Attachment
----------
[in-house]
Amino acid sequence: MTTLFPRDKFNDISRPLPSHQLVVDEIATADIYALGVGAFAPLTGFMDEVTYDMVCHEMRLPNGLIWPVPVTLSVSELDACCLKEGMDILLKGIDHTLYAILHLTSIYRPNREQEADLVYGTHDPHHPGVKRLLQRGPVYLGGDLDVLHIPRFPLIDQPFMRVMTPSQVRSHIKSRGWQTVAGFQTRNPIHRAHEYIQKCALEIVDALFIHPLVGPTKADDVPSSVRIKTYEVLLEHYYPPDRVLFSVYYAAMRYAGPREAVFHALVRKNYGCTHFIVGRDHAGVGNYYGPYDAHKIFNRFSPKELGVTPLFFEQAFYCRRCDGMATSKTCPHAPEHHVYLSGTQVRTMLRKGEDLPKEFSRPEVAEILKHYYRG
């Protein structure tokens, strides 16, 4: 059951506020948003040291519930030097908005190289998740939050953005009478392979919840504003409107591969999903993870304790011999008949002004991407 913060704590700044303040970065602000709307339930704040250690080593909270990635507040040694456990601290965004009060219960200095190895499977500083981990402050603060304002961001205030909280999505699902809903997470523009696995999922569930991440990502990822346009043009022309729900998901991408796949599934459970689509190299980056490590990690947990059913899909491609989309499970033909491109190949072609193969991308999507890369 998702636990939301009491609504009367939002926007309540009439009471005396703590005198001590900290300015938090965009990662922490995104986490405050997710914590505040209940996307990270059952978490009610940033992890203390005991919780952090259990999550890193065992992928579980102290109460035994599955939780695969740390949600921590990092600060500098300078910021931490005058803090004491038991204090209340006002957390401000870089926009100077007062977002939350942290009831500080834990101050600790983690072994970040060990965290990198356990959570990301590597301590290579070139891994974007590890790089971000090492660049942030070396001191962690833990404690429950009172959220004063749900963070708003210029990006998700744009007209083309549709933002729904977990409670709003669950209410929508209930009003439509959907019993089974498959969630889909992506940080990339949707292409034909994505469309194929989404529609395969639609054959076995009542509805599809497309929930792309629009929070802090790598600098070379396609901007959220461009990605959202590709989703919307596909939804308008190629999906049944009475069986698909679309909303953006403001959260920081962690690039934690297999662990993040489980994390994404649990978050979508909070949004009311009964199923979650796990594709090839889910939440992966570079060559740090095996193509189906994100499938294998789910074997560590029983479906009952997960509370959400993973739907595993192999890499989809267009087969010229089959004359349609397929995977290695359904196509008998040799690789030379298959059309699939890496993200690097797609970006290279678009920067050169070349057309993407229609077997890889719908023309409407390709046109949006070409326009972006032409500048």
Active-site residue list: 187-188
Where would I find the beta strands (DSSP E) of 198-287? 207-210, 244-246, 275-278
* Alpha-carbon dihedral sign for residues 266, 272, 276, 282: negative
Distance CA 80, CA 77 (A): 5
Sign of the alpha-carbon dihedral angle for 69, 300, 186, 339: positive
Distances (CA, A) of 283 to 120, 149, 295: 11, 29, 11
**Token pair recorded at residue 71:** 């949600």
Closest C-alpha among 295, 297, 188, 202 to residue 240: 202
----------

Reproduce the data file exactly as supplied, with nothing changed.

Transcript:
[in-house]
Amino acid sequence: MTTLFPRDKFNDISRPLPSHQLVVDEIATADIYALGVGAFAPLTGFMDEVTYDMVCHEMRLPNGLIWPVPVTLSVSELDACCLKEGMDILLKGIDHTLYAILHLTSIYRPNREQEADLVYGTHDPHHPGVKRLLQRGPVYLGGDLDVLHIPRFPLIDQPFMRVMTPSQVRSHIKSRGWQTVAGFQTRNPIHRAHEYIQKCALEIVDALFIHPLVGPTKADDVPSSVRIKTYEVLLEHYYPPDRVLFSVYYAAMRYAGPREAVFHALVRKNYGCTHFIVGRDHAGVGNYYGPYDAHKIFNRFSPKELGVTPLFFEQAFYCRRCDGMATSKTCPHAPEHHVYLSGTQVRTMLRKGEDLPKEFSRPEVAEILKHYYRG
């Protein structure tokens, strides 16, 4: 059951506020948003040291519930030097908005190289998740939050953005009478392979919840504003409107591969999903993870304790011999008949002004991407 913060704590700044303040970065602000709307339930704040250690080593909270990635507040040694456990601290965004009060219960200095190895499977500083981990402050603060304002961001205030909280999505699902809903997470523009696995999922569930991440990502990822346009043009022309729900998901991408796949599934459970689509190299980056490590990690947990059913899909491609989309499970033909491109190949072609193969991308999507890369 998702636990939301009491609504009367939002926007309540009439009471005396703590005198001590900290300015938090965009990662922490995104986490405050997710914590505040209940996307990270059952978490009610940033992890203390005991919780952090259990999550890193065992992928579980102290109460035994599955939780695969740390949600921590990092600060500098300078910021931490005058803090004491038991204090209340006002957390401000870089926009100077007062977002939350942290009831500080834990101050600790983690072994970040060990965290990198356990959570990301590597301590290579070139891994974007590890790089971000090492660049942030070396001191962690833990404690429950009172959220004063749900963070708003210029990006998700744009007209083309549709933002729904977990409670709003669950209410929508209930009003439509959907019993089974498959969630889909992506940080990339949707292409034909994505469309194929989404529609395969639609054959076995009542509805599809497309929930792309629009929070802090790598600098070379396609901007959220461009990605959202590709989703919307596909939804308008190629999906049944009475069986698909679309909303953006403001959260920081962690690039934690297999662990993040489980994390994404649990978050979508909070949004009311009964199923979650796990594709090839889910939440992966570079060559740090095996193509189906994100499938294998789910074997560590029983479906009952997960509370959400993973739907595993192999890499989809267009087969010229089959004359349609397929995977290695359904196509008998040799690789030379298959059309699939890496993200690097797609970006290279678009920067050169070349057309993407229609077997890889719908023309409407390709046109949006070409326009972006032409500048």
Active-site residue list: 187-188
Where would I find the beta strands (DSSP E) of 198-287? 207-210, 244-246, 275-278
* Alpha-carbon dihedral sign for residues 266, 272, 276, 282: negative
Distance CA 80, CA 77 (A): 5
Sign of the alpha-carbon dihedral angle for 69, 300, 186, 339: positive
Distances (CA, A) of 283 to 120, 149, 295: 11, 29, 11
**Token pair recorded at residue 71:** 């949600």
Closest C-alpha among 295, 297, 188, 202 to residue 240: 202